Wednesday, October 24, 2012

Ontario Medical Association Effectively Calls Out Heart and Stroke Foundation BS


While I'll be blogging more about the significance of the OMA's call to action early next week, today's blog's a quickie.

Have a gander at the photo up above.

That's the warning label that the OMA wants to place on grape juice (and presumably other juices as well). They want a warning because there's risk to the regular consumption of grape juice - a beverage I've labeled the world's least healthy beverage - in that it contains roughly double the calories and sugar of Coca-Cola. 10 ridiculous teaspoons of sugar per glass.

Now contrast the proposed label from the OMA up above to the actual label from the Heart and Stroke Foundation's Health Check program on grape juice down below. What's that Health Check logo for again? Here's the Heart and Stroke Foundation's explanation,
"The Health Check logo tells you the food or menu item has been reviewed by the Heart and Stroke Foundation’s registered dietitians and can contribute to an overall healthy diet."

As far as I'm concerned, the only options that would explain the Heart and Stroke Foundation's endorsement of juice as something that contributes to an overall healthy diet are, ignorance, pigheaded stubbornness, or greed.

And given the American Academy of Pediatrics and Canadian Pediatric Society have both long ago come out to recommend a half cup juice maximum for younger children and 1 cup maximum for everyone else, I'd say ignorance is the least likely option.

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9 comments:

  1. I'm 100% with you on grape juice (and other SSBs being bad). I'm 100% with you on "Health Check" being a totally sell-out, misguiding and misinforming people about what's good for them. I'm also 100% with you that the public needs to be better educated about what healthful choices are and the long-term effects of making bad choices. But you totally lost me with the graphic packaging. I think it's overkill and bordering on fear-mongering. There has to be a better way.

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    1. I agree on the graphic. Perhaps a pile representing how much sugar is in the product would be a better alternative.

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    2. Maybe the graphic is a bit too extreme, but I bet smokers would be less likely to smoke if they actually saw what can result from smoking verses some small print warning label on the package. People are very good at ignoring potential problems resulting from sugar in their diet, if they didn't they would not consume so much of it. Unpleasant graphics would make them think. At any rate, what's needed is education.

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    3. dearieme4:11 pm

      "At any rate, what's needed is education." Perhaps, but most people who say that really mean indoctrination.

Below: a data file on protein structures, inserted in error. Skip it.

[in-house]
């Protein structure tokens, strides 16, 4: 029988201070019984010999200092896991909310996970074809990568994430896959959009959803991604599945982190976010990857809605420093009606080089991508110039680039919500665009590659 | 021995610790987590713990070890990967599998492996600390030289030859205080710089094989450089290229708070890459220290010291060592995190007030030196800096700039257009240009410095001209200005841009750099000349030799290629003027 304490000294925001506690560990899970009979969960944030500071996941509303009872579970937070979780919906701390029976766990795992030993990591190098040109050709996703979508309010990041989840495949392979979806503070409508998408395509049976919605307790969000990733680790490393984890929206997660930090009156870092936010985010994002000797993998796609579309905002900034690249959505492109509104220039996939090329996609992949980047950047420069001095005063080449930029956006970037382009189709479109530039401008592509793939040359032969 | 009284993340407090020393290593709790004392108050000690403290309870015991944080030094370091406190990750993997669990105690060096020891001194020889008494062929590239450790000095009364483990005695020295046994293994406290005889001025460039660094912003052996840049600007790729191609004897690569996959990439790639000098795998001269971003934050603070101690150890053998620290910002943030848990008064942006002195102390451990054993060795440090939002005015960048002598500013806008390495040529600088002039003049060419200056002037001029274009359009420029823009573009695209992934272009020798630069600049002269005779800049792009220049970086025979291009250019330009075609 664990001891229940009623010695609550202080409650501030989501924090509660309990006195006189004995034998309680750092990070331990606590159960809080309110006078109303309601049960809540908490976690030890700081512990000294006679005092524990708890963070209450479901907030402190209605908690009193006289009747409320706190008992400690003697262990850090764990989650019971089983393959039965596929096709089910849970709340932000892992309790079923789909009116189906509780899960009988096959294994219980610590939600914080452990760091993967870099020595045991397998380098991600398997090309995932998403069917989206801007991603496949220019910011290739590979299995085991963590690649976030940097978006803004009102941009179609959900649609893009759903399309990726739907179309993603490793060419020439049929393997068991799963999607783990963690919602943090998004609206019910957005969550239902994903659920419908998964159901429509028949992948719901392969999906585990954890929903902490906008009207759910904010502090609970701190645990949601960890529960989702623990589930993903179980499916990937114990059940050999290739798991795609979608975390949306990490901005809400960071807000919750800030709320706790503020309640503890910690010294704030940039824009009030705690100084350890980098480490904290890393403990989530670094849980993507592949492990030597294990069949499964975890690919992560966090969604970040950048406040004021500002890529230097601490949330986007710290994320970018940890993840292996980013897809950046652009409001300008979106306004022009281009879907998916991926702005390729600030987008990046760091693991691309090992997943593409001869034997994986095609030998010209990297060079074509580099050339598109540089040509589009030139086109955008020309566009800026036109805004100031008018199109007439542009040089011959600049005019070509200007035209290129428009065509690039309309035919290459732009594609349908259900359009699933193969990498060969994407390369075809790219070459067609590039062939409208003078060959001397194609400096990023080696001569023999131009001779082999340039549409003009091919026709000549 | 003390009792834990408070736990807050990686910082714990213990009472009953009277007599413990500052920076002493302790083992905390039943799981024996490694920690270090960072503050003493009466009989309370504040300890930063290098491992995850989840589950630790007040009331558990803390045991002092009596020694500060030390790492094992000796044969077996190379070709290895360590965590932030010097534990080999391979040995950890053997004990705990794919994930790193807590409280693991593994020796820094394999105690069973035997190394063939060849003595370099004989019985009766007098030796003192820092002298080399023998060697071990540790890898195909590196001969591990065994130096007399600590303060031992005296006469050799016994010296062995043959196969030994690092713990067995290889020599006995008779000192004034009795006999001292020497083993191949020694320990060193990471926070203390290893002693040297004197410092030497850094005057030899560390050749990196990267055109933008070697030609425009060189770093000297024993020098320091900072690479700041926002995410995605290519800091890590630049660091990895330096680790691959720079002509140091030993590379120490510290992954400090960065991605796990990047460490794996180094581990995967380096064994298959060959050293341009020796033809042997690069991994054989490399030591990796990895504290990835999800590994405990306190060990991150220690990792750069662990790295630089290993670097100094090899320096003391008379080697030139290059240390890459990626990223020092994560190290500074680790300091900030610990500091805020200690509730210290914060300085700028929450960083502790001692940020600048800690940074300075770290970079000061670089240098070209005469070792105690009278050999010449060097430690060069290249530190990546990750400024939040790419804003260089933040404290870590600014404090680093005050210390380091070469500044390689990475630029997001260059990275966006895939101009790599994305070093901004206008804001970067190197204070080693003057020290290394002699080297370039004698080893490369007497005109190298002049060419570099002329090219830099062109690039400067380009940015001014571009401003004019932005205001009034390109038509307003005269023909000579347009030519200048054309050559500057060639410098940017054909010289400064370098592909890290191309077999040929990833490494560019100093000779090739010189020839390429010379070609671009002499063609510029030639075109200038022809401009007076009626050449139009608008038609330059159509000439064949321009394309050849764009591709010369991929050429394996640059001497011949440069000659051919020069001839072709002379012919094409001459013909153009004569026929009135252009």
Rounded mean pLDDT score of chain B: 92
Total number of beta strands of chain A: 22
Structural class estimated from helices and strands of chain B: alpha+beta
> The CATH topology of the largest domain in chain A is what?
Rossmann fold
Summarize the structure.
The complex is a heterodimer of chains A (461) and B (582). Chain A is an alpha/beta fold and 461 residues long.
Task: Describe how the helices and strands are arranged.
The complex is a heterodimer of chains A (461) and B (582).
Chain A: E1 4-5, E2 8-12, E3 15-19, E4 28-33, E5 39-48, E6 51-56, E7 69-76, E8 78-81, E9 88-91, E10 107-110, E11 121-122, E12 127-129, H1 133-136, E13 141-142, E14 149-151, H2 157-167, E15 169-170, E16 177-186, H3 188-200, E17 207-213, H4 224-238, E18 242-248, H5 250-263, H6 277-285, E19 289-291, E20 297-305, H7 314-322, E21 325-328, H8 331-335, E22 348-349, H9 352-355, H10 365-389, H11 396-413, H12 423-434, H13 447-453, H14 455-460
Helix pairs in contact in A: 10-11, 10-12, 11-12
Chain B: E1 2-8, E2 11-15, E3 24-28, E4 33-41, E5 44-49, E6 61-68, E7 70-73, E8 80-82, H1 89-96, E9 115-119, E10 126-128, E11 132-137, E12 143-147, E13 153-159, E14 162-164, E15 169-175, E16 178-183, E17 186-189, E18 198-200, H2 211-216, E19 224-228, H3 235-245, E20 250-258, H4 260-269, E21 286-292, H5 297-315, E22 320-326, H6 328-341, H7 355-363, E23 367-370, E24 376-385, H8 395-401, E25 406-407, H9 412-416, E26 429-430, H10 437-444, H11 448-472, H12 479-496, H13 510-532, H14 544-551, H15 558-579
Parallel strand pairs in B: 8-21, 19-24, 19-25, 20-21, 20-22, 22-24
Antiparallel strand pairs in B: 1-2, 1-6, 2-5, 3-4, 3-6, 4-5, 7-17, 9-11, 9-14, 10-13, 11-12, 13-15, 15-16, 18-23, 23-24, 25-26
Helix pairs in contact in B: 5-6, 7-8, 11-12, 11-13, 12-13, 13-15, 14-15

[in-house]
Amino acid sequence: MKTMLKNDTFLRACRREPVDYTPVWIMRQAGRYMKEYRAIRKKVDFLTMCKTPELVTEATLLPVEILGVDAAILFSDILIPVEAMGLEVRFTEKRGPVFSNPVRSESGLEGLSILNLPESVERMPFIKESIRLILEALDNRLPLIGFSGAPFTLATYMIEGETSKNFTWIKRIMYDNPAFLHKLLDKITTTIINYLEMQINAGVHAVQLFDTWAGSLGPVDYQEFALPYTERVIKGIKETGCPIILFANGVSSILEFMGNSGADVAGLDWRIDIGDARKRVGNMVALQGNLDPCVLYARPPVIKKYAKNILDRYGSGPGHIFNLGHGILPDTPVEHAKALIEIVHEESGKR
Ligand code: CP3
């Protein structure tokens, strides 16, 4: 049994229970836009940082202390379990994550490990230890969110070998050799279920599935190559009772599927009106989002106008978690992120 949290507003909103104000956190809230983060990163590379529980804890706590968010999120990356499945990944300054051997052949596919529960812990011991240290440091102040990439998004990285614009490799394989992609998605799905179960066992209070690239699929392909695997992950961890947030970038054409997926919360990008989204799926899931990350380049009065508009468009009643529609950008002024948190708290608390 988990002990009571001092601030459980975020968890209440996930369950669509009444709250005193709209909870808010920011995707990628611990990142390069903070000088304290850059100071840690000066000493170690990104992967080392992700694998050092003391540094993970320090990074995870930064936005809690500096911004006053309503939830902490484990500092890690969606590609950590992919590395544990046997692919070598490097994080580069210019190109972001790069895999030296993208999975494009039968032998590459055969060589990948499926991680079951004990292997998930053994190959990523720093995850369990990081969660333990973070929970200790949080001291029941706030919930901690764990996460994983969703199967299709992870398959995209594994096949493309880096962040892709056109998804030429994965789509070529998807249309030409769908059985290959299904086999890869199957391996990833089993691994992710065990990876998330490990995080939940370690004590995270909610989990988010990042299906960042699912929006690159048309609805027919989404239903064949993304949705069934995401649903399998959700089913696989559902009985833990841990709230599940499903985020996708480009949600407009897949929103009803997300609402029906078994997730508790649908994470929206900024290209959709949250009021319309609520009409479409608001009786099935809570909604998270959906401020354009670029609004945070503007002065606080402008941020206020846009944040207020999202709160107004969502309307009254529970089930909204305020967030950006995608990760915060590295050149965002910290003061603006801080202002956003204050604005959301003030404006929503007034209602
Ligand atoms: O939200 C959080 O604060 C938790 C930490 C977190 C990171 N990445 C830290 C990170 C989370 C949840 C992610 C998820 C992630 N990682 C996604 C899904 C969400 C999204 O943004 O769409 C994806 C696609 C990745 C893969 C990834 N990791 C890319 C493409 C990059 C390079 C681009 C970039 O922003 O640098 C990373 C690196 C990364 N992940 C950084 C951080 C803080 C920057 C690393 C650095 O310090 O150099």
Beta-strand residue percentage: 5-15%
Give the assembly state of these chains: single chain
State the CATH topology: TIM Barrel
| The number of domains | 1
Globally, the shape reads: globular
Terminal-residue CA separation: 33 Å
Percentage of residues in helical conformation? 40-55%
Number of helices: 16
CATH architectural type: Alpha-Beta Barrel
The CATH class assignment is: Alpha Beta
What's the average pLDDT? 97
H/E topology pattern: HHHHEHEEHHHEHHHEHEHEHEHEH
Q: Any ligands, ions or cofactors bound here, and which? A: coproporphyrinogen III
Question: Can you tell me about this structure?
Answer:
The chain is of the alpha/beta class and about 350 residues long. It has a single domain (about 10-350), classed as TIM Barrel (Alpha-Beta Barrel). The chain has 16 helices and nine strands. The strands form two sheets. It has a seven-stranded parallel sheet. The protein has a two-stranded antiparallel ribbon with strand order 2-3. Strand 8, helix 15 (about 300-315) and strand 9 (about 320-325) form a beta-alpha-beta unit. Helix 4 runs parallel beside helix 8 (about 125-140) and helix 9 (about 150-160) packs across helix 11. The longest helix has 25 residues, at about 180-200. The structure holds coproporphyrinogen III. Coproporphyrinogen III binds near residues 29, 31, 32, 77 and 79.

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    4. Suzie, they are also really good at ignoring scary graphics. Scary graphics cause less behavior change than non-scary ones because individuals become defensive from the scary ones*. Smokers know that smoking is bad for you, they just have a hard time kicking the habit. The same probably applies to those who are addicted to sugar.

      *Source: http://eurpub.oxfordjournals.org/content/15/3/329.2.full

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    5. I disagree: while certainly ever smoker knows that cigarettes are not health, there are many misguided parents out there who still think that juice is a 'health food' or are happy that their child is 'getting some fruit'. A Food Guide that doesn't differentiate between whole food and processed juice only adds to the confusion.

      I'm not certain that the label proposed is great but it's certainly better than no (or misleading) info. On products that are frequently purchased for kids, a graphic about sugar content and portion sizes might be more appropriate.

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  2. Justine Townsend3:12 pm

    Great post, finally someone is calling out the Health Check - they put that thing on Stag Chili for pete's sake! I don't think the graphic is too much, I spend too much time talking to friends and family about reducing their SSB intake and no one really seems to care. Maybe with warnings and graphics like this - which are very similar to those on cigarettes - they will wake up and take notice.

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  3. "...ignorance, pigheaded stubbornness, or greed."

    Hehe...or any combination of these.

    A little juice is not going to kill you, nor is a little wine or a little jam or a couple of cookies. But it rarely is just a little juice, or just a couple of cookies.

    The food industry has successfully branded "juices" as inherently health-giving to encourage routine overuse. The aim is for young parents who (obviously) are anxious about how to feed their children.

    Making sugary drinks and foods a daily habit for everyone...very profitable, liquid candy.

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  4. I would love to see an end to Heart and Stroke Foundation labels such as these. I am glad that a professional body is calling out the BS. While I think that warning label is a bit extreme, people NEED to know that these products are not healthy for them. It is crazy how many people's minds are blown when you tell them juice is not healthy.

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